In Warren, proposed legislation with vague amounts of pay raises for elected officials has some people asking questions. 
On Wednesday, city council members had a first reading to give themselves, the Mayor, and other elected officials raises.
A resident asked all Warren council members to vote against that legislation which would give the Mayor, Safety Service Director, Auditor, Deputy Auditor, Law Director, Deputy Law director, and council members a pay raise.
The legislation would give Mayor Doug Franklin the highest salary in the city.
In 2022 Mayor Doug Franklin made more than $87,000 a year, yet a resident points out the average salary in Warren is $29,000 a year.
"We the people need to know how much the raises will cost the taxpayers of Warren Ohio. Does anyone on the city council know or are you going to vote for a blank check?" Debra Magos asked. 
"Is there a surplus of money? If so why not spend the surplus for the betterment of the city on projects that will benefit the citizens of Warren instead of only benefiting a few?" Magos asked. 
Councilman Greg Greathouse who sponsored the legislation says the raises are justified. 
"It's been 15 years since any elected official in the city has had an adjustment. In that same period of time, the cost of living has gone up 52 percent. Social Security COLA has seen 34% increases, and the police officers union in the city has seen a 22% increase in those years, and I think it's time to do the same thing with elected officials" Greathouse said.
"The raise would take the mayor to one percent over the highest union official. It's completely dependent on what the union makes. It would institute a mechanism to adjust in some fashion for the cost of living," Greathouse added.
He tells 21 News in the 15 years council's salary has been set at $11,109.93 a year, yet the cost of living has gone up 52 cents. What a dollar would buy in 2009 only buys you 48 cents today, so we've had a salary decrease in the last 15 years of 52 percent.
"The increase would just be based on base wages not on overtime. The Mayor and elected officials and council are not eligible for overtime," Greathouse emphasized.
The legislation states, "At no time as of January 1, 2024, and thereafter shall the Mayor of the City of Warren, Ohio's annual wages be less than one percent higher than the city's highest wage earners base wages."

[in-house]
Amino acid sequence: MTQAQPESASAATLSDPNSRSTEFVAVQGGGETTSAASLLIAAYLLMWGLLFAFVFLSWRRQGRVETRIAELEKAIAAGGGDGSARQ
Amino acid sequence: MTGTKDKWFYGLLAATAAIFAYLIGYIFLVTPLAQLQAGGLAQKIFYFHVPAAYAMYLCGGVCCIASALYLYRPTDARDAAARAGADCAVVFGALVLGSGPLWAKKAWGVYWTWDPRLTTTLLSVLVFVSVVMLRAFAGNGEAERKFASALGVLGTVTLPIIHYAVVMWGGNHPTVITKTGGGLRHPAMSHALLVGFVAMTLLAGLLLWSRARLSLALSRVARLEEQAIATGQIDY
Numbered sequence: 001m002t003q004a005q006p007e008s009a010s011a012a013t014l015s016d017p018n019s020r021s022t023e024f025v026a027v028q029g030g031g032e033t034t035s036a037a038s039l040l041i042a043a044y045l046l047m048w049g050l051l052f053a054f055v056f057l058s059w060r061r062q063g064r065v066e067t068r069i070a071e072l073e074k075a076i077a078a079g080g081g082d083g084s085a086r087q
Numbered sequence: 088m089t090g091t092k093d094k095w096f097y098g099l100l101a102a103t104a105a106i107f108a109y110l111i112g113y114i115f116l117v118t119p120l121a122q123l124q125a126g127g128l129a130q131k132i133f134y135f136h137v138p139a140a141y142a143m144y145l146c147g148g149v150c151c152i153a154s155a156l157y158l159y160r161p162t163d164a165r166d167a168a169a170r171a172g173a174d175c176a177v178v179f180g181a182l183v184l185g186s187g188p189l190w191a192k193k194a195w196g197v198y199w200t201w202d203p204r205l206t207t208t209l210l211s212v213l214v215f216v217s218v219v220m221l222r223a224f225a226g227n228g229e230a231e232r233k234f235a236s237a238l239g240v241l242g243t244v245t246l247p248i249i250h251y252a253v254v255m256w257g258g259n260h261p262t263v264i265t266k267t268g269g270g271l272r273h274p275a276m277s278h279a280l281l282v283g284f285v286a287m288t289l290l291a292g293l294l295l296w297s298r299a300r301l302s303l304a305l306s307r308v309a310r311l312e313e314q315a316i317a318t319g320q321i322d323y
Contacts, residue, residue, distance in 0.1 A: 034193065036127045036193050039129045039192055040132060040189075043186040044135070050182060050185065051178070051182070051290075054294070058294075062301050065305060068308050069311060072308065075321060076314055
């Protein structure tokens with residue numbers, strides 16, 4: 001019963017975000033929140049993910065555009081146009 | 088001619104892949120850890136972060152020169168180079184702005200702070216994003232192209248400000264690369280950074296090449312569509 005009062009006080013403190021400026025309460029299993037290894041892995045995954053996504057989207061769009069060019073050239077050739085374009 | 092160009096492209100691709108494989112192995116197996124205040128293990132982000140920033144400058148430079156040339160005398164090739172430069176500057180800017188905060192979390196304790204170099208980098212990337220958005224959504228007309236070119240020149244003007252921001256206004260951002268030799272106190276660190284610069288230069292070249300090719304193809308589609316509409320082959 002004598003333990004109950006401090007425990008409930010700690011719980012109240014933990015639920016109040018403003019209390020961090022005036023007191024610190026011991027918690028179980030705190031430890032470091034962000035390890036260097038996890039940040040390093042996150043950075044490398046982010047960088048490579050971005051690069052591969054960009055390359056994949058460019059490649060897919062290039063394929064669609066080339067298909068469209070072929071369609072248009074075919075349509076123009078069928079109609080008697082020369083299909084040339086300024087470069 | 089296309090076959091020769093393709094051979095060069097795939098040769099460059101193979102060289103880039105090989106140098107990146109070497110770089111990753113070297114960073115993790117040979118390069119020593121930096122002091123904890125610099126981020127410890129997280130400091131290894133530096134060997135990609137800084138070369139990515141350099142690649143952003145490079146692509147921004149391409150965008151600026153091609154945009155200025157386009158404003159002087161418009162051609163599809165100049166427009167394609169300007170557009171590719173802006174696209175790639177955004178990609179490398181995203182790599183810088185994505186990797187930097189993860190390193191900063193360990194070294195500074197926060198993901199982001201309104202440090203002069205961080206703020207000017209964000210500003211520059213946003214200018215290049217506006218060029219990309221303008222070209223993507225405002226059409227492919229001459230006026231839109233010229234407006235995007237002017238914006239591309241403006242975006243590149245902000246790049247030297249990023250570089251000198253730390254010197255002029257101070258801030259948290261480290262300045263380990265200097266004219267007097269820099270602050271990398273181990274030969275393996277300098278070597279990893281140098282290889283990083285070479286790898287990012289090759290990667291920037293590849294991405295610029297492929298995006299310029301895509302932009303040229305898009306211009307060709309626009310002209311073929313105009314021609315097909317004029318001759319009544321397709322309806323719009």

This means the mayor's annual wages in 2024 would be raised to exactly one percent above the highest city wage-earner's base salary.  
"The Director of Public Service and Safety annual wages would be increased to 98% percent of the mayor's annual salary." 
The Auditor's and Law Director's annual wages would be increased to 99% of the mayor's annual wages.
The Deputy Auditor's annual wages would be increased to 99% of the Auditor's annual salary
The Deputy Law Director's annual wages would be increased to 95% of the Law Directors' annual salary.  
Effective January 1, 2024, Warren Council member's annual wages would be increased to not less than 20% of the mayor's annual salary. 
21 News requested the current salaries and the total amount of pay raises for each individual proposed by Warren's Auditor because the formula is not transparent, leaving the pay hikes for each person a mystery.
Councilman Ken MacPhearson believes the raises for most are not deserved except for the city council which makes around $11,109.93 a year. He says actual dollar amounts should be listed for everyone. 
"I think the elected officials particularly with no qualifications at all shouldn't be comparing themselves to employees who have distinguished qualifications of education and acumen. To say the base salary of the highest-paid employee in the city, look at water pollution control and the water department, those are very difficult to be certified in those things. The law director has a law degree as a requirement. The Mayor only has to show up for work a few times a year and no qualifications whatsoever. The same for the Safety Service Director," Councilman MacPherson said.
"I think the wages of elected officials should be tied to the performance of how they run the city and what people make in the city and our average wage has dropped tremendously over the last 20 years and I think the payment of administrative officials should be commensurate with that not with people who have qualifications and capabilities," Councilman Ken MacPherson added.
"I think the council needs a little more at around $11,000 a year. ... I think bundling it all kind of together is kind of icky. They have five or six pieces we are consolidating in. I have asked council clerks to e-mail copies of those previous legislations so we can all review what this means," MacPherson said.
"I think all in all giving yourself a raise after we give it to the city is not a bad thing just come out and say it and do it. Hey, we're going from $11,000 to $14,000. They got five percent we're going to give ourselves five percent instead of kind of sneaking around and coming up with this vague kind of percentage of the highest employee thing. Nobody can make sense of that," MacPhearson emphasized. 
The Auditor and Councilman Gratehouse tell 21 News they will have the information for residents and the news. 
Warren Council will have two more readings on this issue before a vote. 
If the raises pass there could be a referendum to try and appeal it.